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In the previous article, we analyzed the site from a high-level perspective. It is time to dive deeper into the site structure. Use this source site audit template as a starting point. Feel free to add more elements or remove some if they are not relevant for your project. Filling the template can take a couple of hours, but it will save a lot of time down the road. Once the template is filled out, the developers performing the migration and the product owners should review it together and discuss the findings.

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The first part of the template is an analysis of enabled projects: modules and themes. For each one, determine whether there is a version compatible with Drupal 10. If so, pay attention to the stability of the project. From highest to lowest stability, projects can have full releases, release candidates, beta, alpha, and development versions. Ideally, a project has a full release. Otherwise, beta versions tend to be stable enough and can be used. Note that from a security standpoint, only full releases are covered by the Drupal security team, so consider internal policies when conducting your evaluation. For instance, I have worked with organizations that only allow using stable modules with security coverage. In the list of projects, include any custom module or theme and add a note stating what each one is responsible for.

To fill out the module and themes tab in template, I recommend using the Upgrade Status module. Upon installation, it will automatically check for Drupal 10 compatibility for enabled projects and, in the cases where none is found, provide recommendations for alternative modules where available. For example, the Drupal 7 Address Field module is not available in Drupal 10, but the Address module can be used in its place. Most of the Date contributed modules made it into Drupal 10 core, but some features like recurring dates might need extra modules. Note that the availability of a module does not guarantee an automated upgrade path. Sometimes, one module provides the upgrade path for another. For instance, you can use Drupal 10 Paragraphs in place of Drupal 7 fields collections. Another example is the Migrate: URL2Link module, which provides a migration path for the URL module on Drupal 7 to the Link module in Drupal 10 Core. Even if no upgrade path is available, being able to use the module in the new site may suffice. Either a manual configuration or a custom migration can make up for the lack of an upgrade path.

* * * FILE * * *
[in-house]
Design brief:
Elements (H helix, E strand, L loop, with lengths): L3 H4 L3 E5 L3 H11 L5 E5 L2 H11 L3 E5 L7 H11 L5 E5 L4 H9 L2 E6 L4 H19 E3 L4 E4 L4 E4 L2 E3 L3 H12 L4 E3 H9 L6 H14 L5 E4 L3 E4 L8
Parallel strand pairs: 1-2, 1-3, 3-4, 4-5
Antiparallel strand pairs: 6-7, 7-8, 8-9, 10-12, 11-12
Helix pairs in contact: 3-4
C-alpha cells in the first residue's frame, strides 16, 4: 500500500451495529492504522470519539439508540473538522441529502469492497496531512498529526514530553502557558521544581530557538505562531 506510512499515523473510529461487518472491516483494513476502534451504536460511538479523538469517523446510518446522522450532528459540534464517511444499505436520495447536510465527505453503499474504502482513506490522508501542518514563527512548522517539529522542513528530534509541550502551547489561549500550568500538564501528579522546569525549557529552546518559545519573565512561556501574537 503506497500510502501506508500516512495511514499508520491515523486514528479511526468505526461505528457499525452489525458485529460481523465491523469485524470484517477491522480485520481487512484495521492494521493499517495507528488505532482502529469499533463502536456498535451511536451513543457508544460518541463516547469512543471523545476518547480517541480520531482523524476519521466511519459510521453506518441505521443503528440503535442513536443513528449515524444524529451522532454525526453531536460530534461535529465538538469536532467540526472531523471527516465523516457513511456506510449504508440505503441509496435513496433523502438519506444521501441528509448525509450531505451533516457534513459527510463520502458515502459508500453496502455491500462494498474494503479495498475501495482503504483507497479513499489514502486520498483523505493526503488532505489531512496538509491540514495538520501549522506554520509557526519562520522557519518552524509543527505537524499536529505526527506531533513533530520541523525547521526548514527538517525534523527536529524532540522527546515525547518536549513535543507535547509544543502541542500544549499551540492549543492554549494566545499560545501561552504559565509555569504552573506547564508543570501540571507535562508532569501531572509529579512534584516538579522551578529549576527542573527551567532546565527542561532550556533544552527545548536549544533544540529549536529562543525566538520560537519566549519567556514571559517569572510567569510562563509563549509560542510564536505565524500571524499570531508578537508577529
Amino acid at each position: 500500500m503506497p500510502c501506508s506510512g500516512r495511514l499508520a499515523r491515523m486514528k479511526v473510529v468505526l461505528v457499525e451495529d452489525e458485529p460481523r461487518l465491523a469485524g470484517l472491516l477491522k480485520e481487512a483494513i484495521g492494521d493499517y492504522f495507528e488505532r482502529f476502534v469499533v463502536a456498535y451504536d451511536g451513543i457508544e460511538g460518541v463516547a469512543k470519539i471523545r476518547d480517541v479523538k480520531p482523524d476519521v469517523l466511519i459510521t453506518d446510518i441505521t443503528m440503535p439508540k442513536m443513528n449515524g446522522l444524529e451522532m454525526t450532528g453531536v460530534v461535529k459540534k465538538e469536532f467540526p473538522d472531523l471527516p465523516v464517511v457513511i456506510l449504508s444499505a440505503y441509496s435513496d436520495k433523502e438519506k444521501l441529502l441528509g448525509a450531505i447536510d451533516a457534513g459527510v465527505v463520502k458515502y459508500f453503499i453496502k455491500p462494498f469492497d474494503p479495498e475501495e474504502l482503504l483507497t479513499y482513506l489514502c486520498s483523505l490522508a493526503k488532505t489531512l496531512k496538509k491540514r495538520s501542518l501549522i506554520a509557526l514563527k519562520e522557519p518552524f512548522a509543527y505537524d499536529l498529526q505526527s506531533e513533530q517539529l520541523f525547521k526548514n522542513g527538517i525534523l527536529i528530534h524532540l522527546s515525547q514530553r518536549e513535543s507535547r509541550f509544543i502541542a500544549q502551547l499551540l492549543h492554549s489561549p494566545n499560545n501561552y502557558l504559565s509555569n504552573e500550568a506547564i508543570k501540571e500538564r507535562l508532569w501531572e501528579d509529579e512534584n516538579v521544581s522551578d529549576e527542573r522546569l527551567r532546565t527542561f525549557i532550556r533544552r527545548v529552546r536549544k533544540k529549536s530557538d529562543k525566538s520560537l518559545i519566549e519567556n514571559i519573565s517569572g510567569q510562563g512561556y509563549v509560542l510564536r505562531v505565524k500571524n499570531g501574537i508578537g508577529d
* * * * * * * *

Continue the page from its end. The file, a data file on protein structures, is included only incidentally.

Partial screenshot of the report provided by the Upgrade Status module

*Partial screenshot of the report provided by the Upgrade Status module.

Next, list and review all content types, how many nodes are for each type, and the percentage of nodes that are unpublished. Content types with few published nodes can be removed, or their content manually recreated, in the new site. If a content type has no nodes, remove it altogether. Always keep in mind how a content type is being used. For example, using the Workbench Moderation module can make a content type have a high percentage of unpublished nodes, yet the content type and the nodes need to be preserved.

Consider how the different content types are being used and whether they need to be recreated in the new site. It is possible that the content types are needed, but the nodes are not. For each content type, take note and provide examples of whether the node is used as a standalone page or as part of a listing page. This will help in other aspects of the migration project, such as estimating theming efforts. Even if obvious in most cases, be sure to note how nodes of each type are created, and whether they are embedded as part of other content types or entities.

For taxonomy terms, it is useful to know how many terms are in each node. Also, take note of any vocabulary that has fields attached to them. All vocabularies that do not have fields can be migrated in a single migration. For those with fields, a separate migration is necessary. The same analysis can be applied to other fieldable content entities like paragraphs and field collections.